Liberte Austin: Duck Hunting with the New Beretta Vittoria

Women who hunt are no longer satisfied with men bringing home the bacon. Literally. With the increase in female hunters nationwide, some manufacturers are answering the call. I spent the weekend with some ladies of all ages testing the latest “just for girls” Beretta Vittoria shotgun. Sorry. “Lady upland game hunters and casual sporting clay shooters” . . .

Based off the 690 Field I, the Vittoria is tailored to fit a woman’s body. Specifically, Beretta reduced the shotgun’s length of pull and pistol grip radius. The Vittoria is incredibly lightweight at just 6 lbs. 2oz.

Beretta Vittoria shotgun engraving (courtesy beretta.com)

It’s easy on the eyes, too. The grade 2.5 select walnut stock (with a semi-Monte Carlo design) is a joy to have and to hold and the Renaissance floral engraving is both subtle and sublime.

The rule with ducks: shoot em’ in the face. You need to find your eye position quickly from sitting to standing. The Vittoria’s reduced pull length and low profile receiver made an immediate difference in shooting comfort and accuracy.

The Vittoria comes standard with Steelium barrels, with chrome-plated bores, elongated forcing cones and Optimachoke HP chokes (compatible with lead and steel shot). I decided not to change the chokes for the hunt.

While I felt I had to shoot more than once to get a duck down, I could see the pellets making contact each time.

I blame my ammo choice, not the gun. I figured I could “wing it” and pick up some ammo at 11 p.m. on my way to the next mornings hunt. Wal-Mart was my only option. Note to everyone: NEVER try to find 20 gauge, 3″, 3-4 shot shells at Wal-Mart.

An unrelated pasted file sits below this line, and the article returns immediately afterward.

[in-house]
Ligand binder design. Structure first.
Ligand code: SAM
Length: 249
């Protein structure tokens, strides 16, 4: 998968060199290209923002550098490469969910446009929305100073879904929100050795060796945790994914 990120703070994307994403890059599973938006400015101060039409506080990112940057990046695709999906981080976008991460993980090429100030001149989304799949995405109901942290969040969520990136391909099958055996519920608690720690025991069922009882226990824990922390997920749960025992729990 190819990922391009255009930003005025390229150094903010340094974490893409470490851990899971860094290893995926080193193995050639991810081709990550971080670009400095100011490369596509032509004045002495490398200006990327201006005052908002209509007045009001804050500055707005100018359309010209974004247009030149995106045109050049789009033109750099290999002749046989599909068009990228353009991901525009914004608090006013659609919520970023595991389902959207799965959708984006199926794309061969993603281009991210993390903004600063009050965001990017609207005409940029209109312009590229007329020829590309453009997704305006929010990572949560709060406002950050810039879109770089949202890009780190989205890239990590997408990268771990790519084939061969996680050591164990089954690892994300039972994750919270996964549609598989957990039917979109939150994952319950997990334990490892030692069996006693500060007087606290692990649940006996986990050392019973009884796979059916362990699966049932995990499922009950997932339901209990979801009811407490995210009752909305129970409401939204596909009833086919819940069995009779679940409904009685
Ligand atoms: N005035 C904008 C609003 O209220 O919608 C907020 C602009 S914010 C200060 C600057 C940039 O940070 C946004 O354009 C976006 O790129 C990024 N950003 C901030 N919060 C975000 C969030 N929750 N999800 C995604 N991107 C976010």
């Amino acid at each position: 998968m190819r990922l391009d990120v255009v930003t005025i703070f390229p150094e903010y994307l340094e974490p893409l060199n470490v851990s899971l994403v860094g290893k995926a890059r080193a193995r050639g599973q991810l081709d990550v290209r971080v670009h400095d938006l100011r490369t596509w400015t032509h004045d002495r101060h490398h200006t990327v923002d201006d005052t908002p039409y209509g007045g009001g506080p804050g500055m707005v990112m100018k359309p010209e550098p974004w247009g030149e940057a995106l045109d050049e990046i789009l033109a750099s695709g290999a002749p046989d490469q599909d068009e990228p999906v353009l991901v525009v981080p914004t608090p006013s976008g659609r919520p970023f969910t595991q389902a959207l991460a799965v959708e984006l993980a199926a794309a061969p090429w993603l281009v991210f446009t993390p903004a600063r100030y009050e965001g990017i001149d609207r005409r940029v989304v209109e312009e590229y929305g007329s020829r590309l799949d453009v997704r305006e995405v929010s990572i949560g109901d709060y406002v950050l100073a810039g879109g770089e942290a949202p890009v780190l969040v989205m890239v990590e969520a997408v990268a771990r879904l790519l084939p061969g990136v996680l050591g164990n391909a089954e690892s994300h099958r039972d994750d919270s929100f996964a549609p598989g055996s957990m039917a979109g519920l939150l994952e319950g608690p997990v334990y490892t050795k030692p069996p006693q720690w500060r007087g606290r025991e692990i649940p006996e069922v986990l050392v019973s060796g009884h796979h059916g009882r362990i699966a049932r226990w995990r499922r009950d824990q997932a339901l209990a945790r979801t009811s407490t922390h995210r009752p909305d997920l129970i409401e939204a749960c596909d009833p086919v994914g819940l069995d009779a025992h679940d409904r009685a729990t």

The break open was a bit stiff. The day before, I tried oiling it and opening and closing it several times which did help some.

I feel more recoil slamming my refrigerator door than shooting the Vittoria. My eight-year-old shot it; she swore her .410 had “way more” recoil. She hates shooting her .410 for long periods of time and she loved the Vittoria, even though it was a bit long for her.

Do women really need gender specific firearms? I’ve hunted for years without a “made for women” gun. So while the Beretta Vittoria made everything that much easier and more comfortable, I’d say female-friendly guns are more of a “want” than a “need.”

Even so, why not get the best possible firearm for the job? And why not reward Beretta for making a shotgun that represents progress and acceptance for women hunters? Assuming you have $2300 to donate to the cause. And, better yet, a daughter who can enjoy it after you’ve left the field . . .

comments

  1. avatar EnoughGunBunnies says:

    2300 dollar over under duck hunting? And then trying to find duck loads at Walmart? Yeah, seems legit.

  2. avatar Dyspeptic Gunsmith says:

    OK, folks, one of these photos is a wonderful instructional moment.

    See the body geometry in this photo?

    http://cdn0.thetruthaboutguns.com/wp-content/uploads/2017/11/beretta3.jpg

    See where the young lady’s thumb is relative to her nose?